Sounds Like: Guttural dirges over a Nineties sci-fi film score
For Fans of: Florence + the Machine, Banks, PJ Harvey
Why You Should Pay Attention: The 24-year-old born Sarah McLaughlin hit the Top 10 of the rock and alternative charts this year with her passionate, fiery single "River." McLaughlin moved from London to Tokyo to Hong Kong all before she became a teenager. While in Tokyo, the culture and art of karaoke drew out her love for singing, and watching her dad sing Frank Sinatra inspired her to tackle big voices like Whitney Houston on her own. At home, she'd write and perform "very depressing, dark poetry" for her parents and sister, harnessing her songwriting talent for years until she relocated to Los Angeles at 18 to pursue a career in music full-time, which proved to be a more difficult journey than she anticipated. "It was definitely a difficult time in my life, but I'm so glad I did it." The struggle paid off: She recently toured with Coldplay and is prepping her debut album for an early 2017 release on Island Records.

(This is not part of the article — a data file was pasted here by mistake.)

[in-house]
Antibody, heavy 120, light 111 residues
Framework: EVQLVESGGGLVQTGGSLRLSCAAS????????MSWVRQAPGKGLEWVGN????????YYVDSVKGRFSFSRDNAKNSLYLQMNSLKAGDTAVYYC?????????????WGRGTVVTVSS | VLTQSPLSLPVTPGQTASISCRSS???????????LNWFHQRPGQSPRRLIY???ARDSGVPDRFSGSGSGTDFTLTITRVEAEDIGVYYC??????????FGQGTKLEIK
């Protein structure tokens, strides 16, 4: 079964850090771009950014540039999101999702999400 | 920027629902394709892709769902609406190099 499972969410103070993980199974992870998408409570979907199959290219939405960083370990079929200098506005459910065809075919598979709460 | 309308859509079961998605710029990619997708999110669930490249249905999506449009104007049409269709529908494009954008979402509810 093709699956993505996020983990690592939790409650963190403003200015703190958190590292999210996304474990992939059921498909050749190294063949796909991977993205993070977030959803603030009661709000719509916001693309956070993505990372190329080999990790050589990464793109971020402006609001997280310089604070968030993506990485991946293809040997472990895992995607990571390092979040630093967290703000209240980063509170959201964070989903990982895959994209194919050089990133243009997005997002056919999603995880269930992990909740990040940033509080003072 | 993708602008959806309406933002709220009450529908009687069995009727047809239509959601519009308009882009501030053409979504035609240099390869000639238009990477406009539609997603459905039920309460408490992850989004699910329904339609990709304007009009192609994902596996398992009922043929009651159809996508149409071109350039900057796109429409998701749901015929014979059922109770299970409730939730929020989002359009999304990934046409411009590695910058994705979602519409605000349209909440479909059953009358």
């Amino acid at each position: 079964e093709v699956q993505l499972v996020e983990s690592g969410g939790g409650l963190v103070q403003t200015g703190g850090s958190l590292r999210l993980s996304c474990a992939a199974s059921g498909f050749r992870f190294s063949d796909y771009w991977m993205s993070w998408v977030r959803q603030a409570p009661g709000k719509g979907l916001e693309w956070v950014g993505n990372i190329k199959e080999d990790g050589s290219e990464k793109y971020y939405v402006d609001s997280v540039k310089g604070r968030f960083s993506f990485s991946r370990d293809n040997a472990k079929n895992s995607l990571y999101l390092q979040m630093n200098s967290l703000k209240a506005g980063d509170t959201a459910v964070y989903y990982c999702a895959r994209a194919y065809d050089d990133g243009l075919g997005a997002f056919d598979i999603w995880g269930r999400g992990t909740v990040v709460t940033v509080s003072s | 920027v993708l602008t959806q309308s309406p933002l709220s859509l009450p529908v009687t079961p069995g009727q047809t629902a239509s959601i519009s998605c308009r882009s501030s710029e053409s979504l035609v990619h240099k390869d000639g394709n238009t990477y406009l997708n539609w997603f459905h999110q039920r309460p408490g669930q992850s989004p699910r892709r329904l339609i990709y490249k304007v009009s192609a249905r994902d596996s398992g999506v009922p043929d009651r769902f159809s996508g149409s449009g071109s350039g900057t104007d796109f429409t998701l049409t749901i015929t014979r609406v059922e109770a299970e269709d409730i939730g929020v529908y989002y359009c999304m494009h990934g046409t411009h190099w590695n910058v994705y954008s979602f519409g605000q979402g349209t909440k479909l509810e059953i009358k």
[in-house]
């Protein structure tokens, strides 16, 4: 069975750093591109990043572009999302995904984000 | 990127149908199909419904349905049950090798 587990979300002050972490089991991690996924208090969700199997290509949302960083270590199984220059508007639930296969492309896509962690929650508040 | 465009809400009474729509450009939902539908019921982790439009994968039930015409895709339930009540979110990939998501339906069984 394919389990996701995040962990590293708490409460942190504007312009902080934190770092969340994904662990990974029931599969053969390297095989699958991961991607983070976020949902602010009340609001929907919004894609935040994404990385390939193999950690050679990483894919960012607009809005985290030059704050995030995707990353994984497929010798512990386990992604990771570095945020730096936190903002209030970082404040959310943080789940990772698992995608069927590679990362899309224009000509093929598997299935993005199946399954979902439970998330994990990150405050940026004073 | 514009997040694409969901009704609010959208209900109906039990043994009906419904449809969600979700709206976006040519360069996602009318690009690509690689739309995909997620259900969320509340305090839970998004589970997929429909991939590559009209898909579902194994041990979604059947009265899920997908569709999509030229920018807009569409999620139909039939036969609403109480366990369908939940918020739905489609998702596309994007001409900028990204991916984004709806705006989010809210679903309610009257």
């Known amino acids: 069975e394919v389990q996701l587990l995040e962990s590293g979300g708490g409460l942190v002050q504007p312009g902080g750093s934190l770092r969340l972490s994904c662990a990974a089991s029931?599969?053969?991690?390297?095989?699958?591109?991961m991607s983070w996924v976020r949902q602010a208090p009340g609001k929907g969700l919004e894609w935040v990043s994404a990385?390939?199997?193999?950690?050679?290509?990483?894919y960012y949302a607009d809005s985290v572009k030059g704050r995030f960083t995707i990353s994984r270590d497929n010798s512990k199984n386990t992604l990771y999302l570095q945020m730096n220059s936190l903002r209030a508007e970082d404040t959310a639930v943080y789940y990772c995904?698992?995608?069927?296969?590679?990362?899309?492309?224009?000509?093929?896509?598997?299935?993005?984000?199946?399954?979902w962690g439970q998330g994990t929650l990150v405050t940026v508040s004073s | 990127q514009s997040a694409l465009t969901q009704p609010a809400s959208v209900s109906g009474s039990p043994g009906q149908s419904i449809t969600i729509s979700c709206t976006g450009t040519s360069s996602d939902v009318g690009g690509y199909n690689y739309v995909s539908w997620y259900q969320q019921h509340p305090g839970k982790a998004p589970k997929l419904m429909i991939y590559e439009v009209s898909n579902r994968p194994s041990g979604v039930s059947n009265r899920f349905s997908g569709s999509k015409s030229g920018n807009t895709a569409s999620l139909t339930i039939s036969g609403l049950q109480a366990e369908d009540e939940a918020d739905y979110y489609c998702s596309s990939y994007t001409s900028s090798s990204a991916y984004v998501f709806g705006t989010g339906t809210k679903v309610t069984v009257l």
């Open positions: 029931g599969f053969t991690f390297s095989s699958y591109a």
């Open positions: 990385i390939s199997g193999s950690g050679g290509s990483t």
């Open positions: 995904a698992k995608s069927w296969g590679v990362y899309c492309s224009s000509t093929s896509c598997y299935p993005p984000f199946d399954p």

She Says: Over the course of her nine-day trek with Coldplay, Bishop Briggs had the chance to hang with the band and even get a little advice from Chris Martin. "It was the last date [at Levi Stadium], and Chris came backstage and just sat with us for a moment," she recalls of their meeting. "I voiced to him that I was genuinely sad about leaving and he told me, 'It's okay. You don't want to be an opener forever.' It was ironic to have someone who really paved the way for alternative music tell me 'Do more! Aim higher!' when I'm like, 'But I'm here with you, Chris! I don't want to leave your side!'"